While Norway is gradually becoming the world leader in the percentage of electric cars in use, the transition is not without problems. Nearly 80 motorists have sued the US automaker Tesla over misleading advertising, claiming their electric cars failed to deliver as promised.
The plaintiffs complained that the real power of their Tesla S P85D sedan, with what was claimed to have the fastest acceleration in the world, only had 469 horsepower, which is way below the 700 horsepower initially promised by the manufacturer, the Norwegian economic daily Dagens Næringsliv reported.
Because the declared power was later downgraded by the manufacturer itself following revealed deficiencies in the battery, 79 dissatisfied Tesla owners decided to take the producer to court, demanding a price reduction due to inadequate marketing, in what seems to be a repeat of a similar, earlier collective Norwegian lawsuit.
Previously, a group of 133 Norwegian motorists sued Tesla and reached a deal in December 2016, as the electric car manufacturer pledged to either recompense the disgruntled car owners with either NOK 65,000 ($8,000), new equipment or a free car upgrade.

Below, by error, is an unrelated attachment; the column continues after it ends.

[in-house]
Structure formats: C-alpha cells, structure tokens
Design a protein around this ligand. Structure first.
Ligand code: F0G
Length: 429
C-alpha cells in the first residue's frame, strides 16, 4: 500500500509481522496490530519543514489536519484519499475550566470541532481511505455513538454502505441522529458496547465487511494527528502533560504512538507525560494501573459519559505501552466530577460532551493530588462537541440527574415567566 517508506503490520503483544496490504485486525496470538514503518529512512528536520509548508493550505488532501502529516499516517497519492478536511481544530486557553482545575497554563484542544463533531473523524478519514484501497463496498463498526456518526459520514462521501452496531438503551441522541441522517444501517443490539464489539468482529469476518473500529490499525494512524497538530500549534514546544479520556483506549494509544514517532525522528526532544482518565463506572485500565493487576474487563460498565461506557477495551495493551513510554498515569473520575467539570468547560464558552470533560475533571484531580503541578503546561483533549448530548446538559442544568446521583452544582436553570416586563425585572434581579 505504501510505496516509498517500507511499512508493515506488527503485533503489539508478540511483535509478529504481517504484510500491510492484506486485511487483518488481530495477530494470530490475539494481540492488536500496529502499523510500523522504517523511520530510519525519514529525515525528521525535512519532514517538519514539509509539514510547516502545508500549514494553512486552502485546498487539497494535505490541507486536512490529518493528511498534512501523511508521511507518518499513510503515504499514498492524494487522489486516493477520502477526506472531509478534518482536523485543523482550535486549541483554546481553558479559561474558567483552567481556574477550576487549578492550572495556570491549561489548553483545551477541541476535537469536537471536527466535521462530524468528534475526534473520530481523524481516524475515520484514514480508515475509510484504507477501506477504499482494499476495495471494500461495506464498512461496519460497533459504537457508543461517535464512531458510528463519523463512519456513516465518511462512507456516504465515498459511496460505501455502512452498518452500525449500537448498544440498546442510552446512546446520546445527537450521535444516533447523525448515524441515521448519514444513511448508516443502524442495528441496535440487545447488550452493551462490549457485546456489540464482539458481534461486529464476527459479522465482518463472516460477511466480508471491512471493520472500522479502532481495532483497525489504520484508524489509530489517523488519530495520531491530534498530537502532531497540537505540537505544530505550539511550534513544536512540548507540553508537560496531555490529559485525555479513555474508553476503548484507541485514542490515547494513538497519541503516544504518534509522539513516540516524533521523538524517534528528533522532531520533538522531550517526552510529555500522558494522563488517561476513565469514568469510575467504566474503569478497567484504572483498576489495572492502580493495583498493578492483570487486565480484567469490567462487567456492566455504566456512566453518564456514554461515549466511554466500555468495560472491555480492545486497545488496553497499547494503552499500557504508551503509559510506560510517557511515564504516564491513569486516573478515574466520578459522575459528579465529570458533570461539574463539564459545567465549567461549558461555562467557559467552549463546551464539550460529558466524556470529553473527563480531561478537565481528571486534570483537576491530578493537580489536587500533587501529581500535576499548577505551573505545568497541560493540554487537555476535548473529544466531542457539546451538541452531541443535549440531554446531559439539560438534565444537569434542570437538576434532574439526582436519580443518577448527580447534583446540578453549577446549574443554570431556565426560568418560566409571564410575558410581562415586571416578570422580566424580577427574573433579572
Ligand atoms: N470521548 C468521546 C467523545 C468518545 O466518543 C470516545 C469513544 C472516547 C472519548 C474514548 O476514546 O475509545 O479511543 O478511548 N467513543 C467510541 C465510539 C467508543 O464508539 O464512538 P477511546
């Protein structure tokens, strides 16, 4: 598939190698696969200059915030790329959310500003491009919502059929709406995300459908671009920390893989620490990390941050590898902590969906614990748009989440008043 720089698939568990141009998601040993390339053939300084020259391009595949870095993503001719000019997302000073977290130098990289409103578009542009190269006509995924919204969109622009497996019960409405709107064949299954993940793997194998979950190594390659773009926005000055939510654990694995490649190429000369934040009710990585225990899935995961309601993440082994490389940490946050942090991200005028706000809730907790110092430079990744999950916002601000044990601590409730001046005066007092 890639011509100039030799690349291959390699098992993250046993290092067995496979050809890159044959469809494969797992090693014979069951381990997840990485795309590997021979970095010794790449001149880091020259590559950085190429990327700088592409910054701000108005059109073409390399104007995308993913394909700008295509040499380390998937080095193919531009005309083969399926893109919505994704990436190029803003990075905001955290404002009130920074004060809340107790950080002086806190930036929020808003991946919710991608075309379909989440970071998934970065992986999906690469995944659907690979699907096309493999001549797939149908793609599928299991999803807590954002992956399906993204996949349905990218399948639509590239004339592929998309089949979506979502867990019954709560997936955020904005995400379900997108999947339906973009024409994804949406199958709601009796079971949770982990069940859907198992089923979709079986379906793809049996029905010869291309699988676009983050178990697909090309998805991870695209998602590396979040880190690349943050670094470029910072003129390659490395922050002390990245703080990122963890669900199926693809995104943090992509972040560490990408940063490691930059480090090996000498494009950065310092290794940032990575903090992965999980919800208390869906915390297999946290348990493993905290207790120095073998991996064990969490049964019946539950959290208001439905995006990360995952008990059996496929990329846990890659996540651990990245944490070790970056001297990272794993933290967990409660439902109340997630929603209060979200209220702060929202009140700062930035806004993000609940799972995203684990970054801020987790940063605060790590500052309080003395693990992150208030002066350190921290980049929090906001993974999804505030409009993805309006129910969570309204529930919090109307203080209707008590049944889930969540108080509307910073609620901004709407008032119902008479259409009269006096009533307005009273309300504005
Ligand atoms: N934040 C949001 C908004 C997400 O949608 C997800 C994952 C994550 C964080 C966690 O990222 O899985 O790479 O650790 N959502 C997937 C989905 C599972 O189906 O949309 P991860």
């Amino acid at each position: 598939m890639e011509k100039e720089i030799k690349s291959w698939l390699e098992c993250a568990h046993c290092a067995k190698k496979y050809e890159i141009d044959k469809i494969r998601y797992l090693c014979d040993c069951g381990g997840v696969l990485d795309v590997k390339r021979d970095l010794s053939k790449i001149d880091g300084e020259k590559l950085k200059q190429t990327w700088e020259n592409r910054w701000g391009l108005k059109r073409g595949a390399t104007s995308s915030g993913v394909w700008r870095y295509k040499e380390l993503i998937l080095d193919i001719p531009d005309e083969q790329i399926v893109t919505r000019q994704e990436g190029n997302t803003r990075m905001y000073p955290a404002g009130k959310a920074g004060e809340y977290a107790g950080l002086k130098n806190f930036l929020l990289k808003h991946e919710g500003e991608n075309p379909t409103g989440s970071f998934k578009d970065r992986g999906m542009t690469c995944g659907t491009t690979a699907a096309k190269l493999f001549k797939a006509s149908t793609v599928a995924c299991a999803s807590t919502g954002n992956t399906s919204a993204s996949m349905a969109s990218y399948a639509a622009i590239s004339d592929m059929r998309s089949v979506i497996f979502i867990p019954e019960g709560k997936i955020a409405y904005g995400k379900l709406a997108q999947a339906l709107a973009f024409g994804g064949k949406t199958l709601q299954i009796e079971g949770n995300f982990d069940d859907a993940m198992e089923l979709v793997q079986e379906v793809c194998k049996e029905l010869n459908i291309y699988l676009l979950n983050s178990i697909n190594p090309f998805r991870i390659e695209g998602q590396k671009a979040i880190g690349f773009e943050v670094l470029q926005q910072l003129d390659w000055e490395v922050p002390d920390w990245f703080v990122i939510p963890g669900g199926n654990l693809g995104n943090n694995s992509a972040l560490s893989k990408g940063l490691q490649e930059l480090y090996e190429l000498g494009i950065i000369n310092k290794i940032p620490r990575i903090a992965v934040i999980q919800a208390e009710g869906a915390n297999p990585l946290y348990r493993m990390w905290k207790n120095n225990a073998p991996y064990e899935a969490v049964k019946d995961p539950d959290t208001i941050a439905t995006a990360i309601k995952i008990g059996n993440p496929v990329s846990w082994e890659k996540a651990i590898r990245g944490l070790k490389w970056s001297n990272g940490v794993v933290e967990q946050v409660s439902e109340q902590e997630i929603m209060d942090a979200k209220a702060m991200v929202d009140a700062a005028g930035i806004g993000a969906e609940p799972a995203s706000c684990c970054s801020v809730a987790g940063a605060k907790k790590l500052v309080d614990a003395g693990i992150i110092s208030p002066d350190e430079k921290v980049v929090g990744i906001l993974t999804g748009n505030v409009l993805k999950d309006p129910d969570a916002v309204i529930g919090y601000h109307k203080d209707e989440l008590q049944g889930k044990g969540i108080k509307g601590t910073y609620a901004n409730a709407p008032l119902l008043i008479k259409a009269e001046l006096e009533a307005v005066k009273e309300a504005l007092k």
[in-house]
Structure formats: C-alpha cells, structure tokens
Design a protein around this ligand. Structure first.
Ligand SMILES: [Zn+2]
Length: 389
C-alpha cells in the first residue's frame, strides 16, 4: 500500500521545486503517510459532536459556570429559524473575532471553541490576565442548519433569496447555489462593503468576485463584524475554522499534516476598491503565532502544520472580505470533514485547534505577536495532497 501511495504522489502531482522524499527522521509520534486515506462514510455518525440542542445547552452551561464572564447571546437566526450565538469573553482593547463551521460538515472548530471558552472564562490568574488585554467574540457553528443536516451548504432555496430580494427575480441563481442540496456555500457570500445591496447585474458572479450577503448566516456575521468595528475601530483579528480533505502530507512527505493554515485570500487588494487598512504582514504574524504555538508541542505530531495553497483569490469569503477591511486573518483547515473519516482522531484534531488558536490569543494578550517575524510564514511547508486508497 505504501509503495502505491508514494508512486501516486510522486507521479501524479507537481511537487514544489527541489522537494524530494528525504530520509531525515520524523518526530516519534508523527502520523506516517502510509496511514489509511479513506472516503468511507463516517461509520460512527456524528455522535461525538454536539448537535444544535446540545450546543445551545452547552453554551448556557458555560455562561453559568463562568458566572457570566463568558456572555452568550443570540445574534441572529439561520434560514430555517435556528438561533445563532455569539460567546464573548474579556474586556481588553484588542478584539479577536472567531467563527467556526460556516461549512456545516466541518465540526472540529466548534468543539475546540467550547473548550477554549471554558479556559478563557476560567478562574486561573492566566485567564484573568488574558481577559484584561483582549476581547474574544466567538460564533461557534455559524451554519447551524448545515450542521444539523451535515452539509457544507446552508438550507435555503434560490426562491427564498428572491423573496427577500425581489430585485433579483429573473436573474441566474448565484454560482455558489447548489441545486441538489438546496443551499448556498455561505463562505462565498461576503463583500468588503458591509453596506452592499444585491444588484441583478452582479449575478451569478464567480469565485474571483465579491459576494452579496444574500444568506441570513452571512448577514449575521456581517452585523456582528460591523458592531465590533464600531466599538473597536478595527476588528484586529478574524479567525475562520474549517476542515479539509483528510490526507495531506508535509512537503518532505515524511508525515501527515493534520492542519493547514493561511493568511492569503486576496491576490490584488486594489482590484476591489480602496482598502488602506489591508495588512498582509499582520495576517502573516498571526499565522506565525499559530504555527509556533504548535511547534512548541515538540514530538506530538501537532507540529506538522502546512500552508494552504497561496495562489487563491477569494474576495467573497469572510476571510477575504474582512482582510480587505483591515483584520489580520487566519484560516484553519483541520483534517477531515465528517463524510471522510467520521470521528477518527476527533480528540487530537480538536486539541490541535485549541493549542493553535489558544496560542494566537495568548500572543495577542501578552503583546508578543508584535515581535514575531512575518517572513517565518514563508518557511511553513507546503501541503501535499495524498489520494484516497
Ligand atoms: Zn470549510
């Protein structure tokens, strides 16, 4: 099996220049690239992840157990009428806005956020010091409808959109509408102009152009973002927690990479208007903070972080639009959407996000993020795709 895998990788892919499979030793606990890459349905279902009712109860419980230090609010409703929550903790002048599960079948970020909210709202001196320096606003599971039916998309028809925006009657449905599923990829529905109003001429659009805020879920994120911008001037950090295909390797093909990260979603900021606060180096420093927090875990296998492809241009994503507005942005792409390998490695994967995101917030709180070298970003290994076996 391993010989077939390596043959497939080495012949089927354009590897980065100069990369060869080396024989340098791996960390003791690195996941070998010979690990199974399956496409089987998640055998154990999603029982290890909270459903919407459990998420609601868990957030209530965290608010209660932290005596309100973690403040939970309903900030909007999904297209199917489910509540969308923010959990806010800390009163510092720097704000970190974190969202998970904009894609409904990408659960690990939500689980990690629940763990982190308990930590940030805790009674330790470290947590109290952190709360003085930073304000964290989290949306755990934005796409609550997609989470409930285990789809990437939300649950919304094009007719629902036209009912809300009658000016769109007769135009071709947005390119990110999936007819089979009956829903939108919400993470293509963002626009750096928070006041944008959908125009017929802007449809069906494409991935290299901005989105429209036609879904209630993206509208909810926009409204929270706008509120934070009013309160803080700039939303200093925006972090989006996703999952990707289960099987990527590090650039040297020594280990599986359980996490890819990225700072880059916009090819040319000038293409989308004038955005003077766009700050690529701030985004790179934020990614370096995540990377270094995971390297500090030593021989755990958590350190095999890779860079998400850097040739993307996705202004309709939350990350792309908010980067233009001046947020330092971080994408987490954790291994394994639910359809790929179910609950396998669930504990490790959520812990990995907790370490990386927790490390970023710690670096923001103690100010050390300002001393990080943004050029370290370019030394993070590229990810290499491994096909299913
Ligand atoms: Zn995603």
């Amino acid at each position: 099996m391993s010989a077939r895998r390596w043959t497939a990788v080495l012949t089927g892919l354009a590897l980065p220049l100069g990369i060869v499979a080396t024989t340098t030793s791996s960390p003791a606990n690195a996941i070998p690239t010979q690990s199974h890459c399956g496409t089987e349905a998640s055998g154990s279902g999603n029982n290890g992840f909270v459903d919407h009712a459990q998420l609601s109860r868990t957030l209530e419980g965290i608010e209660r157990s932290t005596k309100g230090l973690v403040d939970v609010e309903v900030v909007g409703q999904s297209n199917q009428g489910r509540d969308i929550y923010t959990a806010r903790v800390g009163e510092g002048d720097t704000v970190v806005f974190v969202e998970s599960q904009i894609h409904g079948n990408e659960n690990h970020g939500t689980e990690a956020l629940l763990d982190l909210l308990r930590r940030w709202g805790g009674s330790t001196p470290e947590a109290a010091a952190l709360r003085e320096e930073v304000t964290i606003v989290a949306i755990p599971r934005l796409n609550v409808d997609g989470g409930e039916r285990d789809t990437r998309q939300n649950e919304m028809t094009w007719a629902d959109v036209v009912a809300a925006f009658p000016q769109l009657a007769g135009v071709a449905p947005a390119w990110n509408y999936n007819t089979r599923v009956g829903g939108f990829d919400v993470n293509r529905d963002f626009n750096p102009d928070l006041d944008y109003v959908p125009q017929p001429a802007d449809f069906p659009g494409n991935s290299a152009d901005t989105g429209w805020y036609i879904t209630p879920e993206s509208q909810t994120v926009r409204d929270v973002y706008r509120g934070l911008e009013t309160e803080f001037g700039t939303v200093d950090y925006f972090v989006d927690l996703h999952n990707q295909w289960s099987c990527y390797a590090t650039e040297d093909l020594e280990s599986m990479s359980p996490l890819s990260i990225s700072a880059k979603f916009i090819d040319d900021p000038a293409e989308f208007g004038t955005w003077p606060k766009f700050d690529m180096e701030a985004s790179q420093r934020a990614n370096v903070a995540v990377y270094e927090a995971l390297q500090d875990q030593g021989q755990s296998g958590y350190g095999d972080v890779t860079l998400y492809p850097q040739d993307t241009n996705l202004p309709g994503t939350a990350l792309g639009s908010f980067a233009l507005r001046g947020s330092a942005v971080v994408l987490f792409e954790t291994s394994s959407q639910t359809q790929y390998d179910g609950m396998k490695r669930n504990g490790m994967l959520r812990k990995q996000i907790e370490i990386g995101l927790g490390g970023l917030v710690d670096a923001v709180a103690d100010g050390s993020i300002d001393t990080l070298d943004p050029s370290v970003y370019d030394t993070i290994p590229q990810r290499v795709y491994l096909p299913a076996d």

“It’s the same kind of case that ended in a settlement last time,” the plaintiffs’ lawyer Christoffer Falkeid said. “It’s about the power of the car and the mistakes in marketing and in the sales process, but I don’t want to go into details,” he added.
The 79 plaintiffs, including investor Jens Ulltveit-Moe, who reportedly swapped his Porsche for a Tesla, come in addition to 38 other Tesla owners, who sued the car manufacturer in autumn of 2017.
The case is scheduled for investigation at the Oslo District Court in June this year, with six days to settle the dispute.
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Despite being one of Western Europe’s leading oil and gas exporters, Norway is one of the world leaders in electric cars in terms of market share, and one of the largest markets in the world for Tesla. Last year alone, Tesla’s combined sales in the Nordic country reached 8,465 cars.
In 2017, electric cars, as well as hybrids, which use both a battery and a diesel or petrol motor, accounted for a historic 52 percent of all new car sales in Norway, up from 40 percent in 2016, according to the Norwegian Road Federation, which cheered the fact that the fossil-fuel market share has fallen below 50 percent for the first time.
In Norway, new electric cars are exempt from almost all taxes and granted otherwise pricey perks, such as subsidized parking, re-charging and use of toll roads, ferries and tunnels.